The photo above is of a sage bush. It started life as small plant, given to me by my Mum, from a cutting she had taken from hers. The plants is huge now and of all the sages I have, is the only one that flowers. It certainly keeps the bees well fed and as soon as the sun is out, I can hear the buzzing as the bees bob from flower to flower gathering nectar.


Below is a purple sage. It may not flower but the leaves are very attractive.
I love the taste of sage, but you don't need to use very much of it as it has a very strong flavour, which can be quite medicinal in nature.
It dries very well, so is one of the best herbs for winter storage, especially as it adopts a sad droopy look during the colder months. Drying is very easy to do, just clip of large sprigs (I tend to do this when I'm pruning the plant) and then bunch them together and tie with string. Hang them upside down in a warm, dry, well ventilated space for a week or so. When they are completely dry, crumble in to airtight jars.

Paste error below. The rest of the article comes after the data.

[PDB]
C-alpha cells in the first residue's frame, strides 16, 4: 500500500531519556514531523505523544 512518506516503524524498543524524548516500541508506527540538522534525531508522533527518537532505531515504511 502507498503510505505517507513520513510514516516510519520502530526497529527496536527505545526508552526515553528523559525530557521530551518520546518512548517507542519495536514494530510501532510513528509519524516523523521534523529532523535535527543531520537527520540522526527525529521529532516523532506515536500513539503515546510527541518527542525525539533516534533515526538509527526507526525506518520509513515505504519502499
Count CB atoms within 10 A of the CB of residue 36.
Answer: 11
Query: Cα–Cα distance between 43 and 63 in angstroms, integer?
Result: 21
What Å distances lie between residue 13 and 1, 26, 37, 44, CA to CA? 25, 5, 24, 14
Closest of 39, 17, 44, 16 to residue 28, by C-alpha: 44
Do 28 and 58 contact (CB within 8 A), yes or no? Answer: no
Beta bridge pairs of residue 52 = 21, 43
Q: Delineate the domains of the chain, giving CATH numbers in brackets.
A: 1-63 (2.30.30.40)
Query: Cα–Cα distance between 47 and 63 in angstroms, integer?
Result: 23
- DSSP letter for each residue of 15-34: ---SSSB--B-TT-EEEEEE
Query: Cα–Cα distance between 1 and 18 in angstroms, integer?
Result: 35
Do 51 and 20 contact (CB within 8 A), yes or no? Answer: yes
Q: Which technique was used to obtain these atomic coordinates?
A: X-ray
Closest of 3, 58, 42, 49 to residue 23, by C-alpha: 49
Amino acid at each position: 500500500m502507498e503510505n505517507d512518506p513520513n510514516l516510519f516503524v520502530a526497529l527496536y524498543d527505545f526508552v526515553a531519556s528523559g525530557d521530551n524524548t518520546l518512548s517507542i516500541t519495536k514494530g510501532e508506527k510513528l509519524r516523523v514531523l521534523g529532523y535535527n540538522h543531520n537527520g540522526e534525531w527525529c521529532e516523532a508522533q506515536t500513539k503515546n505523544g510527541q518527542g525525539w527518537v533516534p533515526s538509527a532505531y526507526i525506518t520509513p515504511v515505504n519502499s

One of my other favourite herbs is rosemary, the smell is heavenly. Just a few sprigs can perk up roast potatoes and of course it's great with lamb.
Rosemary is fantastic all year round, it is the only one that retains its glory through the winter, so I've never needed to dry it. I've been known to dash down a frosty garden to clip some for dinner!


We're relatively new to fruit growing, we've had a couple of failures, notably mystery blueberry deaths and non-fruiting gooseberries, but so far the raspberry has been a success. This year it is a mass of flowers and they're looking pretty good, with the exception of some greenfly which the ants are farming. I think if we can keep these bugs off with a little organic spray, they should be OK.